EVENTS AND EVENT HANDLERS
LSL is an event-driven language. This behavior is a major discriminating feature between LSL and many
other languages. Essentially, the script's flow is determined by events such as receiving messages from other
objects or avatars, or receiving sensor signals. Functionally, events are messages that are sent by a Second
Life server to the scripts active in that sim. Event messages can be received by defining the matching event
handlersJOUIFTUBUFTPGZPVSTDSJQUTNothing happens in a script without event handlers: even the passing
of time is marked by the delivery of timer events. Some events cannot happen without the matching event
a script with a money() event handler, avatars cannot pay that object.
Many library functions have effects that take relatively long periods of time to accomplish. Rather
than blockingTUPQQJOHFYFDVUJPO-4-VTFTasynchronous communications: your script fires off a request
that something happen, and it is notified with an event when the request is satisfied. This pattern is used
instance, the function llHTTPRequest() and the http_response() event handler), when physical
TJNVMBUJPOFGGFDUTBSFOhUHPJOHUPCFJOTUBOUBOFPVTllTarget() and at_target()). You could also
UIJOLPGSFQFBUJOHFWFOUTllSensorRepeat() and sensor()PSFWFOMJTUFOFSTllListen()
and listen()) as following the same model: make a request and get responses later. This model of
asynchronous execution allows your script to keep functioning, handling other events and interactions
without stopping to wait for long-term requests to happen.
for execution by the script in the order they were raised. You should be aware of several important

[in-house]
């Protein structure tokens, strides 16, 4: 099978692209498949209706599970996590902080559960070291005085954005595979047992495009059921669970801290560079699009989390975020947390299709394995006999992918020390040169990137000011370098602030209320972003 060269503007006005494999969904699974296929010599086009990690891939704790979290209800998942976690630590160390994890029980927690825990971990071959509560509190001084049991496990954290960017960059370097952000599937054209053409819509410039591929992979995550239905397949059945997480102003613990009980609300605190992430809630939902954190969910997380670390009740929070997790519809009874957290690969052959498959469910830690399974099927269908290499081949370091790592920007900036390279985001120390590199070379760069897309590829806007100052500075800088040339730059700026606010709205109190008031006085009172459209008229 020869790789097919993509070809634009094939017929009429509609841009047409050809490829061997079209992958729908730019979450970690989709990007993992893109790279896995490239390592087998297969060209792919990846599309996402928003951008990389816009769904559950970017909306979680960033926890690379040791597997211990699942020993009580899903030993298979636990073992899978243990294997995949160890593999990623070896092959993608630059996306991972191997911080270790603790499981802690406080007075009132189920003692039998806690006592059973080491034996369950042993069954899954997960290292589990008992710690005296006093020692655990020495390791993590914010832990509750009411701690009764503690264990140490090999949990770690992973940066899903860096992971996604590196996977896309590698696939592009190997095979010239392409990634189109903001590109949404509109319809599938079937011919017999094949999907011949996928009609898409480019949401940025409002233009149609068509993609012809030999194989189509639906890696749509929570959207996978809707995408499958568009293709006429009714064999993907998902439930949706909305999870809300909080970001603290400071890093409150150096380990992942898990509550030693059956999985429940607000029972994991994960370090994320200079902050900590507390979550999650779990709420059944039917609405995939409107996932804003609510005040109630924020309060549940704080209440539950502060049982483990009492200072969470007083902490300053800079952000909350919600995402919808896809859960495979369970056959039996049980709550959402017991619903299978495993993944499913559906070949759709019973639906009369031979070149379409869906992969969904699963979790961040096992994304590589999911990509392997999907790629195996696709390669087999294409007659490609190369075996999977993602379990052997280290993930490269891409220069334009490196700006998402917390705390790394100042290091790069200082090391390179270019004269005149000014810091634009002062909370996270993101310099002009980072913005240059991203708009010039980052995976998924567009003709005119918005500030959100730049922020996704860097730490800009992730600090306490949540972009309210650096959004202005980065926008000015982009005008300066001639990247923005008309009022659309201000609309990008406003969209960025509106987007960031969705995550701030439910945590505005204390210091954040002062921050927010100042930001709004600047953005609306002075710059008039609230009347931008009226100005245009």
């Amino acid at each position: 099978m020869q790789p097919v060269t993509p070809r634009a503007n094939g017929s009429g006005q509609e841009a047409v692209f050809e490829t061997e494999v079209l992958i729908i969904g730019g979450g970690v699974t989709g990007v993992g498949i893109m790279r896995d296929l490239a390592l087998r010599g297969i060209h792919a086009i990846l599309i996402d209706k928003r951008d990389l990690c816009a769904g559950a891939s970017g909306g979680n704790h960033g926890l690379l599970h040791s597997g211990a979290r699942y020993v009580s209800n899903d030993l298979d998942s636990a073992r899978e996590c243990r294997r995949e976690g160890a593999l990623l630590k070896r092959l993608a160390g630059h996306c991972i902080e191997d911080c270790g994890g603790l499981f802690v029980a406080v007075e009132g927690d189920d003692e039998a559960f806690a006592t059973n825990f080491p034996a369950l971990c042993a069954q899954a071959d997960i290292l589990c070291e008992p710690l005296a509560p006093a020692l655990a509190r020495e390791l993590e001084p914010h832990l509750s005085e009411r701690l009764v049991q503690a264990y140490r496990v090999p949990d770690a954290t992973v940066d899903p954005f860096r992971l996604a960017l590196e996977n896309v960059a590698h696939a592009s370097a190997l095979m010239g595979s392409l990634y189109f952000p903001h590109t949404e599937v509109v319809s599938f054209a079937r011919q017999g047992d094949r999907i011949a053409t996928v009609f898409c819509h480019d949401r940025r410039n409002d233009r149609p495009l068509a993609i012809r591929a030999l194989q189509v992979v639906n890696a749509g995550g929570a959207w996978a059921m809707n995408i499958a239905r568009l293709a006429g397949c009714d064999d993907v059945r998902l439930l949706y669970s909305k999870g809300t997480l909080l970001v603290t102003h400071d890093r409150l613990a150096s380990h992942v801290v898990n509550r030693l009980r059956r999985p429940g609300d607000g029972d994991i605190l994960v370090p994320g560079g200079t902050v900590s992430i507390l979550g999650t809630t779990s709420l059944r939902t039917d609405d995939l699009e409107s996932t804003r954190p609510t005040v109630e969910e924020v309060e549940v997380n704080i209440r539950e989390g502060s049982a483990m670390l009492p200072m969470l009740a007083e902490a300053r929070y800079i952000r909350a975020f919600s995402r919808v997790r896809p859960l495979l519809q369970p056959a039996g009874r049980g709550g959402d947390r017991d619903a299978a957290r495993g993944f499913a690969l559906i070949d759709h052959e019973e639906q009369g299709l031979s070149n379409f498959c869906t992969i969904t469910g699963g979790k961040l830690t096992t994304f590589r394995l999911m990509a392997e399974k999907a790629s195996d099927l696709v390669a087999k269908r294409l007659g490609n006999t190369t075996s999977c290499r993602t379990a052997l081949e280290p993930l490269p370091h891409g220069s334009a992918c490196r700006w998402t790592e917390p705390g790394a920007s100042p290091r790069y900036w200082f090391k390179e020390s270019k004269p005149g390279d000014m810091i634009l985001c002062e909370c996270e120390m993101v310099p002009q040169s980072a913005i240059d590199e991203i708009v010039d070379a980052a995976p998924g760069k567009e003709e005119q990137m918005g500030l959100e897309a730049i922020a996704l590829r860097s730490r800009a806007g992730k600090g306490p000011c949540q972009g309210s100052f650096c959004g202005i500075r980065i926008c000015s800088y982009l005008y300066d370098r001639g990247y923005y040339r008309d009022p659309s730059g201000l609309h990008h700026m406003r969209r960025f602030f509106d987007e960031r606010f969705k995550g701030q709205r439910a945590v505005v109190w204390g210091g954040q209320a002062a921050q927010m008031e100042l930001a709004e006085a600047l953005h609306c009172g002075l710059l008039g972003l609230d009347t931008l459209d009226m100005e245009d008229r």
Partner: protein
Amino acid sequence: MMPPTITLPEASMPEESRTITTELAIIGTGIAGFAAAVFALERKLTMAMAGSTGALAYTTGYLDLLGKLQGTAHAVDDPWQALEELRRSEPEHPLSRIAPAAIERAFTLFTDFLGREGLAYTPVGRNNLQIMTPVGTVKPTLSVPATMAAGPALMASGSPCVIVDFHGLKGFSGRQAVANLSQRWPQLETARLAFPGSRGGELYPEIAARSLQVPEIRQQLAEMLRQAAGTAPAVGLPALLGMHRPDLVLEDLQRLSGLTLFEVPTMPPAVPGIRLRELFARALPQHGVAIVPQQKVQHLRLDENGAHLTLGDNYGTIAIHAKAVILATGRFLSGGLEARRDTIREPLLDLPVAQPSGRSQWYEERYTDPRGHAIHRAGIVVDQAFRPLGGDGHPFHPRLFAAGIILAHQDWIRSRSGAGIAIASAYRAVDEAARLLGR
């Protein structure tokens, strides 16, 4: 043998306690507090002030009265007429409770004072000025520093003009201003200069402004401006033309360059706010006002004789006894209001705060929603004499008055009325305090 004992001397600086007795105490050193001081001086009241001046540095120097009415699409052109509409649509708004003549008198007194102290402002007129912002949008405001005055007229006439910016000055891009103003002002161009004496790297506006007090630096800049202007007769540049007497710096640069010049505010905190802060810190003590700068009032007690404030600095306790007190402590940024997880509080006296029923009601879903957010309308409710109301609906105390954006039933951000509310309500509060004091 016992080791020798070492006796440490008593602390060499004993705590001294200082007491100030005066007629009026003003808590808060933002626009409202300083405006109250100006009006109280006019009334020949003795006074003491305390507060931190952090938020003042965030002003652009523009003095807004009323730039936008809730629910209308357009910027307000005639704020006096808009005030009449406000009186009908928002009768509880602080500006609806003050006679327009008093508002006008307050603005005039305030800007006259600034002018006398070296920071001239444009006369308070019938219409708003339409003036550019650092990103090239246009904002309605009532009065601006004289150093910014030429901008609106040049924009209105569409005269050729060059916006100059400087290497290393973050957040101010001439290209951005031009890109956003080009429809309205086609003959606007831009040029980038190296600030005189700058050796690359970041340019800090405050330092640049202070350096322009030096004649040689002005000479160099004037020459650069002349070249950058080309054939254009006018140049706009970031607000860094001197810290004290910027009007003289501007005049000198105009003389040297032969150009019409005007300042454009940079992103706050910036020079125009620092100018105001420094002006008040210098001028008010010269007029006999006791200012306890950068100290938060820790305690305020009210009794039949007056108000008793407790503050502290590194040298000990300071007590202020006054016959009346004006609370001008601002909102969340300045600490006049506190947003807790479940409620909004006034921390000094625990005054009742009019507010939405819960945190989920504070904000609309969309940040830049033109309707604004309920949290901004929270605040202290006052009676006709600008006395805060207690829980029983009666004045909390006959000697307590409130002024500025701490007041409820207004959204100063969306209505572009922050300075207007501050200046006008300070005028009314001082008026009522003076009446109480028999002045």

constraints on the delivery of event messages to handlers:
this with llMinEventDelay(float seconds) but it can not be less than 0.05 second.
The combination of these factors means that if you have code that expects to get events rapidly and
happen as often as every 0.1 second) is probably asking for trouble.
Similarly, the LSL function llSleep(float seconds) pauses script execution for the specified
number of seconds without leaving the current event handler, similar to the way that many LSL functions
introduce artificial delays. In both cases, there is a potential problem if your script is likely to handle lots
Some events are delivered to a script only if the script has made the appropriate request. For
instance, a listen() event handler is never called unless another handler in the same state has called
llListen(). The SYW website has a list of all the LSL event handlers, the functions required to enable
the event, and the Second Life situation that results in that raised event. And, of course, there are lots of
examples throughout the book.